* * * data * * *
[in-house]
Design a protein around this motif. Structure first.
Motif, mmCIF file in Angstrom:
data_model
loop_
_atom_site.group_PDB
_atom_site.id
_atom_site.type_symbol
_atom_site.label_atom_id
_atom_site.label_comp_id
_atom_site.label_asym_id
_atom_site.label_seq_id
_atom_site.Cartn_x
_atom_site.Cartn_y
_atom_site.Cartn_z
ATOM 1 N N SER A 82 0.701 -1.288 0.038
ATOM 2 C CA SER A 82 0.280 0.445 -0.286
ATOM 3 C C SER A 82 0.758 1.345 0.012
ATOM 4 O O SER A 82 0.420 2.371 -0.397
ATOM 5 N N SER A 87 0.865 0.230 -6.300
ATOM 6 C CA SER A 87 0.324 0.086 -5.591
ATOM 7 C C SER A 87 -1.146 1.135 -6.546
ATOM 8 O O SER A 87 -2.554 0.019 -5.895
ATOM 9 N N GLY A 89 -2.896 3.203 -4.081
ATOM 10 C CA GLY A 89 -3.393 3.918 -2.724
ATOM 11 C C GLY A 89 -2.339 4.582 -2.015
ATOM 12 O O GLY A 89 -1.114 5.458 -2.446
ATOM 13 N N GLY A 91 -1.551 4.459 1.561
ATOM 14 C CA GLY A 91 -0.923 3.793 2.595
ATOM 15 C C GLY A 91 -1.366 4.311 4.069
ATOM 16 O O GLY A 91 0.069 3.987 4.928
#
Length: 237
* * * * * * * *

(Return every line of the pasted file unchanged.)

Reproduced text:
[in-house]
Design a protein around this motif. Structure first.
Motif, mmCIF file in Angstrom:
data_model
loop_
_atom_site.group_PDB
_atom_site.id
_atom_site.type_symbol
_atom_site.label_atom_id
_atom_site.label_comp_id
_atom_site.label_asym_id
_atom_site.label_seq_id
_atom_site.Cartn_x
_atom_site.Cartn_y
_atom_site.Cartn_z
ATOM 1 N N SER A 82 0.701 -1.288 0.038
ATOM 2 C CA SER A 82 0.280 0.445 -0.286
ATOM 3 C C SER A 82 0.758 1.345 0.012
ATOM 4 O O SER A 82 0.420 2.371 -0.397
ATOM 5 N N SER A 87 0.865 0.230 -6.300
ATOM 6 C CA SER A 87 0.324 0.086 -5.591
ATOM 7 C C SER A 87 -1.146 1.135 -6.546
ATOM 8 O O SER A 87 -2.554 0.019 -5.895
ATOM 9 N N GLY A 89 -2.896 3.203 -4.081
ATOM 10 C CA GLY A 89 -3.393 3.918 -2.724
ATOM 11 C C GLY A 89 -2.339 4.582 -2.015
ATOM 12 O O GLY A 89 -1.114 5.458 -2.446
ATOM 13 N N GLY A 91 -1.551 4.459 1.561
ATOM 14 C CA GLY A 91 -0.923 3.793 2.595
ATOM 15 C C GLY A 91 -1.366 4.311 4.069
ATOM 16 O O GLY A 91 0.069 3.987 4.928
#
Length: 237